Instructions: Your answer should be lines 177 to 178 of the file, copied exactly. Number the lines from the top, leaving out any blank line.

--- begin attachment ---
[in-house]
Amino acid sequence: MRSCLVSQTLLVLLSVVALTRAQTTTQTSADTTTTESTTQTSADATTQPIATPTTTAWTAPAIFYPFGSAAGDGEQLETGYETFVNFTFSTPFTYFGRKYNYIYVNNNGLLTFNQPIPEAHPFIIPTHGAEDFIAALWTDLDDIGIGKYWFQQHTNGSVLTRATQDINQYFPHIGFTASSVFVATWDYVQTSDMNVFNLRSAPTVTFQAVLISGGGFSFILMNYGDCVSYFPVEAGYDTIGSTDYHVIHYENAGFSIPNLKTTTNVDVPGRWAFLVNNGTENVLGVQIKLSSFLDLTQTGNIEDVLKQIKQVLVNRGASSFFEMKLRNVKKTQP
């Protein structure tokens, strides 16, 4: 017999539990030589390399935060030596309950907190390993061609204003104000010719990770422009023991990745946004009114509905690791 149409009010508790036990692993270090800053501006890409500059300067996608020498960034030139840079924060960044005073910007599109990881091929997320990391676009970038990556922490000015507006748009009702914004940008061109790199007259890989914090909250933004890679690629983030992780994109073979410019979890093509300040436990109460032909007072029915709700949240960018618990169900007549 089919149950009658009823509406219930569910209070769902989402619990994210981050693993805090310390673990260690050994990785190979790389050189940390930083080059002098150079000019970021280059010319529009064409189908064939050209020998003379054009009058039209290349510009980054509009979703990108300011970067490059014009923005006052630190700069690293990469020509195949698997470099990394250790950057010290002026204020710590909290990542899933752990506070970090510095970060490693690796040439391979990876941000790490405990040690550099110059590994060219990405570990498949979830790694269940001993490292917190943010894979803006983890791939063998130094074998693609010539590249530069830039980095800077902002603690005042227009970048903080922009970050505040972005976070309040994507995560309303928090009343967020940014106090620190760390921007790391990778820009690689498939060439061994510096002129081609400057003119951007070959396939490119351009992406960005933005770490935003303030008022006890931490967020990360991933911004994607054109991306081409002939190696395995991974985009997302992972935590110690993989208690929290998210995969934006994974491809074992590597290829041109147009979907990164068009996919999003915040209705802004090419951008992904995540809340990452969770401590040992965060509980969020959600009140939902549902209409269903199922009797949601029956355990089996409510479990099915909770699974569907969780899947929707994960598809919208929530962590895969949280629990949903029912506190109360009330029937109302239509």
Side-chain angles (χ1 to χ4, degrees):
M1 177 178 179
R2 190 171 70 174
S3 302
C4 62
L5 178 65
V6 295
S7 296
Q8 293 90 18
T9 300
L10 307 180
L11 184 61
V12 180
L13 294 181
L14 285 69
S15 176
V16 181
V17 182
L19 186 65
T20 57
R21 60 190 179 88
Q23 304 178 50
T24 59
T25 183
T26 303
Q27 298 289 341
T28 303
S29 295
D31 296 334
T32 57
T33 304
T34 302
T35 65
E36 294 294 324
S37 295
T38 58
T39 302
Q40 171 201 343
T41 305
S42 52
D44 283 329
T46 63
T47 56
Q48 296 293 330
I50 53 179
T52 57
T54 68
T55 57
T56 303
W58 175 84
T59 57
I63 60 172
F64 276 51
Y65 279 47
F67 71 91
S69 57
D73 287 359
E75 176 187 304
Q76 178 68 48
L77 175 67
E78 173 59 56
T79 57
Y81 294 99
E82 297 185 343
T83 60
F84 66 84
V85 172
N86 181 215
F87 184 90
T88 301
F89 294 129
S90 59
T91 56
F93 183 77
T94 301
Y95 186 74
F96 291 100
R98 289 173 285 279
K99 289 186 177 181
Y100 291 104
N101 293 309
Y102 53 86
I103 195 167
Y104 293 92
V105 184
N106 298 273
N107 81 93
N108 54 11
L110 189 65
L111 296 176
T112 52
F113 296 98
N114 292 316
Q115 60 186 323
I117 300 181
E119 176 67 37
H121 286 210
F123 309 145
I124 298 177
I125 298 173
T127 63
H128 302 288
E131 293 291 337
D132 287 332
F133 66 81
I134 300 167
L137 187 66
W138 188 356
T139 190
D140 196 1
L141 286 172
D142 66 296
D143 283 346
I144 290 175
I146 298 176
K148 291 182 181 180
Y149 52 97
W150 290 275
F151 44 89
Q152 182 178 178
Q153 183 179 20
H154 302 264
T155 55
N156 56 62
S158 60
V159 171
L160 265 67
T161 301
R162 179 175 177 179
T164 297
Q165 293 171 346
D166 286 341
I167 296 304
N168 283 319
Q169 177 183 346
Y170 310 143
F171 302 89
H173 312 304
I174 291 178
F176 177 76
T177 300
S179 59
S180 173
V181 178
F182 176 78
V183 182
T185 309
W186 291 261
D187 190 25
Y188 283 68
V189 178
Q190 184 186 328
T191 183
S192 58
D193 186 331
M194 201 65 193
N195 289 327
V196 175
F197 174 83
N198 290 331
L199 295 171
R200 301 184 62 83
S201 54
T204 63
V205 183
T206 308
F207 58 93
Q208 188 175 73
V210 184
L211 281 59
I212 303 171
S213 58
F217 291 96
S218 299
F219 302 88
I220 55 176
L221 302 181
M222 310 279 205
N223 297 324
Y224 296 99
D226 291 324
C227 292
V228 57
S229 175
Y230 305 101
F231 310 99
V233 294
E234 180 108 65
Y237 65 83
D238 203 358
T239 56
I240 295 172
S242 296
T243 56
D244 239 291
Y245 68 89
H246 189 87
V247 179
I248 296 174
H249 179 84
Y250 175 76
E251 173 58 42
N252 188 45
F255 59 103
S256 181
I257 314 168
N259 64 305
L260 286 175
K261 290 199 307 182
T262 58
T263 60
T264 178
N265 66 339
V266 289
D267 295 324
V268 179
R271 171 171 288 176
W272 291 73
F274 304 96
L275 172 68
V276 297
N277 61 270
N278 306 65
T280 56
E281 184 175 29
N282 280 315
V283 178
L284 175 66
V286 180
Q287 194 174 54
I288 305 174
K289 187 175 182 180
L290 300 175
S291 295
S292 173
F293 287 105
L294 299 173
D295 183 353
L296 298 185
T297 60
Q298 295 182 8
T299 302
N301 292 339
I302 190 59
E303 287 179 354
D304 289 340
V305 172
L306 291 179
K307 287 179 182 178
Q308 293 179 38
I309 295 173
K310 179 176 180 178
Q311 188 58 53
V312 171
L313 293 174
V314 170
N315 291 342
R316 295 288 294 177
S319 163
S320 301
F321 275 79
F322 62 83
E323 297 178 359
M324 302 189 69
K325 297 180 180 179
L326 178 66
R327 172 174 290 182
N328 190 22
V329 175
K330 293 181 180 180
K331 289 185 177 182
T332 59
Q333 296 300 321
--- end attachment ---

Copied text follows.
S218 299
F219 302 88